Teddy Getty, the fifth (and longest-lasting) wife of oil tycoon and art collector J. Paul Getty, reflects on a whirlwind romance, a one-sided relationship, and the untimely death of a son in her new memoir Alone Together: My Life With J. Paul Getty (out September 3rd). Teddy, who turns 100 this month, talks with us about first meeting “Paul from California,” handling their son’s terminal illness while Paul was abroad, and the life lessons she’s learned along the way.
Tell us about your first encounter with the man who became America’s first billionaire.
I met Paul one evening in 1935 while singing at an elegant nightclub in New York. When the performance was over, I joined my brother and my best friend, Betzi Beaton, at their table. Paul was a guest of Betzi’s, and she introduced me to him saying, “This is Paul, my friend from California.” I turned to greet a man who, as he pulled out my chair, said, “Teddy, what a beautiful voice you have! ‘Alone Together’ is one of my favorites.” “Thanks, mine too.” I replied. Then the orchestra started playing, and Paul took me in his arms, and we were dancing. The dance ended too soon, and when we were back at the table, Paul said, “You’re beautiful, and your voice is, too. I love the quality of it. You should study opera. You’d be a great Carmen or Tosca.” At these words, I trembled. Although he had no way of knowing it, it was my ambition to one day sing in concerts and opera. After only knowing me for a few moments, he had touched on the thing that was closest to my heart. I noticed his hands were very masculine, but they were also artistic and expressive. I wondered if he was a conductor or a composer, so I asked him what he did. “He’s in oil,” Betzi said. “Oil? What show is that?” I asked. Everyone started laughing. “Of course!” I said. I felt like a fool.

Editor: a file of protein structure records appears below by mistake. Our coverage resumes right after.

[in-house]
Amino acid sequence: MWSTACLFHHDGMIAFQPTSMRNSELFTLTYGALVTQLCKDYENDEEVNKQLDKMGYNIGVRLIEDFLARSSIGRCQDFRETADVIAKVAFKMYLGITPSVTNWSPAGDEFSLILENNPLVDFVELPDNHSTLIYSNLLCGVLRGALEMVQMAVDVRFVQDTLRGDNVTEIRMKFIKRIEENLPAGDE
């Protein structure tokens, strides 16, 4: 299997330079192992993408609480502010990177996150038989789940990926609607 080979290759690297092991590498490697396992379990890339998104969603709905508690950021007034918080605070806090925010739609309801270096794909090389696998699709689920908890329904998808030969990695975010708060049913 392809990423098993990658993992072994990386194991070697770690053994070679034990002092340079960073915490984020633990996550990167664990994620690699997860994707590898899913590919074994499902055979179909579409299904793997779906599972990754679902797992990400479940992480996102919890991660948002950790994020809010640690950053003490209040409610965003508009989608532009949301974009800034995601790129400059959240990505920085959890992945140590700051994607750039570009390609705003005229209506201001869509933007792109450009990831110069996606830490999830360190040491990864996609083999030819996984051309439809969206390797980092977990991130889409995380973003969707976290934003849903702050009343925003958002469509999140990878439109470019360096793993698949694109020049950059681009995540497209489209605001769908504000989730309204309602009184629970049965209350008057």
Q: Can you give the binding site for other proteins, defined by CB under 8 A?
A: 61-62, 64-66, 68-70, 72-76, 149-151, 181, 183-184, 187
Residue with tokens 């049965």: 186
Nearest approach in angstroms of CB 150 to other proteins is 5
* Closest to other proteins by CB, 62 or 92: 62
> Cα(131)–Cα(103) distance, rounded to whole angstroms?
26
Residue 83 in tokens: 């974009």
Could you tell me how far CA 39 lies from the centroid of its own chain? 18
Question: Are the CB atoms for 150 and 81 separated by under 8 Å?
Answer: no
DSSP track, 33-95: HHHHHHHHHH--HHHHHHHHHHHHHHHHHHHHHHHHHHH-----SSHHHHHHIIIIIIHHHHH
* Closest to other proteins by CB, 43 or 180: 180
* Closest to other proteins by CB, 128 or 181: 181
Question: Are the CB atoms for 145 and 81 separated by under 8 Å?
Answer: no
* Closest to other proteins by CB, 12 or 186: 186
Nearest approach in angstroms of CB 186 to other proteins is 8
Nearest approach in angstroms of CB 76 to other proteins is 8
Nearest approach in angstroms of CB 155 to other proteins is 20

Your memoir, Alone Together, touches on the glamorous aspects of your relationship with Paul, but you also faced some very dark moments—your late son Timmy’s cancer diagnosis not the least of these—alone. How did you handle being the wife of a powerful man who was absent much of the time?
It was very difficult when Paul was gone, but I knew that it had been his dream since he was 19 to make a deal with the King of Saudi Arabia for oil rights. He was 40 years old when we met and very close to making that deal, so he needed to be in Europe and Saudi Arabia for obvious reasons. And I understood.
Paul was already in Europe when Timmy became ill. He told me which doctors to go to, and he paid for everything. He said he would come back for Timmy’s first operation, but he didn’t come. I went through two operations in two years, and Paul did not come back. By then, he had made his deal with Saudi Arabia, and he was extremely busy. It was very hard to tell Timmy that his daddy wasn’t coming home, but we lived through it, and naturally Timmy spoke to his dad on the phone. Finally, Paul did come back, and he bought a ranch. Timmy, myself, and Paul spent time there together, and it was wonderful. But eventually he had to leave for Europe again, and he was not with us when Timmy died.